Military & Aerospace

Whither Jointmanship in India?
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Issue Vol. 28.1 Jan-Mar 2013 | Date : 23 Feb , 2013

Joint mechanisms need to be evolved to obtain the best value for money and the best operational choice. Which would be more effective in the Himalayas, attack helicopters or fighter aircraft, UAVs or fighter aircraft for dull, dreary and dangerous missions, fighter aircraft or long range missiles, long-range fighter aircraft with refuellers and MR aircraft or a carrier group consisting of ASW craft, submarines, destroyer escorts, minesweepers and the like? Or which combination of these types would provide the optimum combat effectiveness based on a common military strategy and a common vision of the battle space. A SWOT analysis should be done, the battle situation war gamed using simulation techniques and where possible, played out in a simulated setting to determine the optimum choice. A joint approach towards defence planning and development of the armed forces would ensure maximum “Bang for the Buck!”

Domain expertise is also associated with a cost-effective approach towards every aspect of operations…

Domain Expertise

Domain expertise is also associated with a cost-effective approach towards every aspect of operations. This applies principally to the supporting roles by the IAF to the Army and the Navy and to other weapon systems and structures like air defence systems which impinge on the other service.

The main impediment in the air-land collaboration has been the argument on the importance of the air superiority campaign vis-à-vis that of offensive air support missions. It is perceived in many quarters that the battle for air superiority is an air force’s private battle as air power and airmen are detached from the situation on the ground. However, the point that is often missed is that no surface movement would be possible without a modicum of air superiority. The battle for air superiority is as vital for the unimpeded movement of the land or maritime forces as it is for the air force. The battle is thus a means to an operational level end. That the land forces in the Gulf War were able to carry out their tasks, without any Interference from the Iraqi Air Force, bears testimony to the need for air superiority as a pre-requisite in a campaign.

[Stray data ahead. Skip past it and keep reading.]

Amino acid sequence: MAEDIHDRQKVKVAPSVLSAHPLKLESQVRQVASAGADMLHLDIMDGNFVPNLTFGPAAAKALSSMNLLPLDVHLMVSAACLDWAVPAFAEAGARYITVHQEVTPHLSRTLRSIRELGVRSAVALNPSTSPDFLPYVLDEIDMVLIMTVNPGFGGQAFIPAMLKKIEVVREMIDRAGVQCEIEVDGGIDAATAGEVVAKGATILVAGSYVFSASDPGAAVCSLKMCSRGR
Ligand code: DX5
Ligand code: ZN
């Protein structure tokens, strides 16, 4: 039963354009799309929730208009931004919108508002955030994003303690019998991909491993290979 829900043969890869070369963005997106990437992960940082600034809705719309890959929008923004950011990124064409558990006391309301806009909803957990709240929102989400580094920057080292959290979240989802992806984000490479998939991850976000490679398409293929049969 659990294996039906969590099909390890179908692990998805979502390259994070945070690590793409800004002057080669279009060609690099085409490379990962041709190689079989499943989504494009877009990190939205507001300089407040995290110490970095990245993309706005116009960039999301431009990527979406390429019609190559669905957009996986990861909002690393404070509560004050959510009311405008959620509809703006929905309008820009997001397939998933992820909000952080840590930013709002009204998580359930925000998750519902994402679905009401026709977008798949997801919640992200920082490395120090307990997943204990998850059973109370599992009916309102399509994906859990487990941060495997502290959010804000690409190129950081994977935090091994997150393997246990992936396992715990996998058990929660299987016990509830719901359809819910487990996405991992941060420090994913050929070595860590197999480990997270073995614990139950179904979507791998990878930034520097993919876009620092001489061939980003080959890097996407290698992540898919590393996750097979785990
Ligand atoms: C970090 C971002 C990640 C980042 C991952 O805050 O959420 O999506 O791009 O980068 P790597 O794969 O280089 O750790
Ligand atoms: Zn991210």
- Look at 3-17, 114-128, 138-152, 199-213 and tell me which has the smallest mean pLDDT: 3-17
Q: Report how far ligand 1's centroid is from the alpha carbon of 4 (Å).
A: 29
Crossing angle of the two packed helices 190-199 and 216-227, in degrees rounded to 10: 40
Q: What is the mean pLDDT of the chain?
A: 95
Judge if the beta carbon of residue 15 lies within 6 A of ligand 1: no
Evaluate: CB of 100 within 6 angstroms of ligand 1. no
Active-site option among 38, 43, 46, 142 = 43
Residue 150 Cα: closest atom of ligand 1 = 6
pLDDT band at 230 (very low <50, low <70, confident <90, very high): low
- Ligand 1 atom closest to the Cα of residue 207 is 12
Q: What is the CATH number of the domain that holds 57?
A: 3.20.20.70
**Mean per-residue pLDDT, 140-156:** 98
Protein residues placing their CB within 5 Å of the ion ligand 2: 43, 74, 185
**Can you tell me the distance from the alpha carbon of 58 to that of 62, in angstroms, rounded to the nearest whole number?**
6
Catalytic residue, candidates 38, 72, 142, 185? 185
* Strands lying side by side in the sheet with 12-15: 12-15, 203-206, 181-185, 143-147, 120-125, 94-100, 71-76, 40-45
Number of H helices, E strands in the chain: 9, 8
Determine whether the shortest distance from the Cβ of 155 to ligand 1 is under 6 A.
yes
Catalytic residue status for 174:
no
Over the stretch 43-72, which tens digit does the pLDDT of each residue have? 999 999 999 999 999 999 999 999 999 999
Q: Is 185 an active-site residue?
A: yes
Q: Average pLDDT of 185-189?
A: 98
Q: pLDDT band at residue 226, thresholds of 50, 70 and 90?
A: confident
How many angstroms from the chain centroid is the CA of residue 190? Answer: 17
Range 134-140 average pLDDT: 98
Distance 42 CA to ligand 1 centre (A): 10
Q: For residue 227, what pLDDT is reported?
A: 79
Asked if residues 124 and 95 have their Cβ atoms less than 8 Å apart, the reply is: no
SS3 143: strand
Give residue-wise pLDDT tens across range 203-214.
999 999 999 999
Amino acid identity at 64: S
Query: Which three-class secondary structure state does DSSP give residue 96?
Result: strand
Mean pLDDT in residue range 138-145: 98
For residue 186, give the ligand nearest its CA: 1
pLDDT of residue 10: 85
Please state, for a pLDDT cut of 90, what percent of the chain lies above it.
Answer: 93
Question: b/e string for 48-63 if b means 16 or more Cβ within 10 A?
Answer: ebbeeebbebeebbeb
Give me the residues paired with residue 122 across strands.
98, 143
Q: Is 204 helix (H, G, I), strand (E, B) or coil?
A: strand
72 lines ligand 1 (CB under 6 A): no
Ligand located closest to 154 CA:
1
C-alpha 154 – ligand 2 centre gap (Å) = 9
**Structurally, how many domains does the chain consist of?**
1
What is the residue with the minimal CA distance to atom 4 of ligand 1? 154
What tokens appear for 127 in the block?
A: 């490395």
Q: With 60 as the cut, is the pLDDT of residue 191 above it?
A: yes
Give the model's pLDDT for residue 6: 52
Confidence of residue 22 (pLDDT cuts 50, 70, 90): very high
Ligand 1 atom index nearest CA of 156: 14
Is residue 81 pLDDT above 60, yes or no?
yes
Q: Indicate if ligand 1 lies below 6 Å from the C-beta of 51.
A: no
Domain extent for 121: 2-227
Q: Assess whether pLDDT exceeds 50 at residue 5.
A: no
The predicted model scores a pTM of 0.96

The second and perhaps a thornier issue between the two Services is that of close air support. History has revealed that in most situations, the primary task of air power is to attain air superiority, but priorities can be altered with close air support preceding air superiority. This was done in the war in 1973 by the Israeli Air Force during the 1973 Yom Kippur War to prevent the Israeli army from the Israelis to prevent their ground forces from being overrun by the armoured columns of the Egyptians and Syrians. Priorities can change with offensive and defensive campaigns. This is best done when all air power assets are brought to bear on the centre of gravity when the situation demands.

Joint training offers the most optimum route to enhance ‘jointmanship’ in the three Services…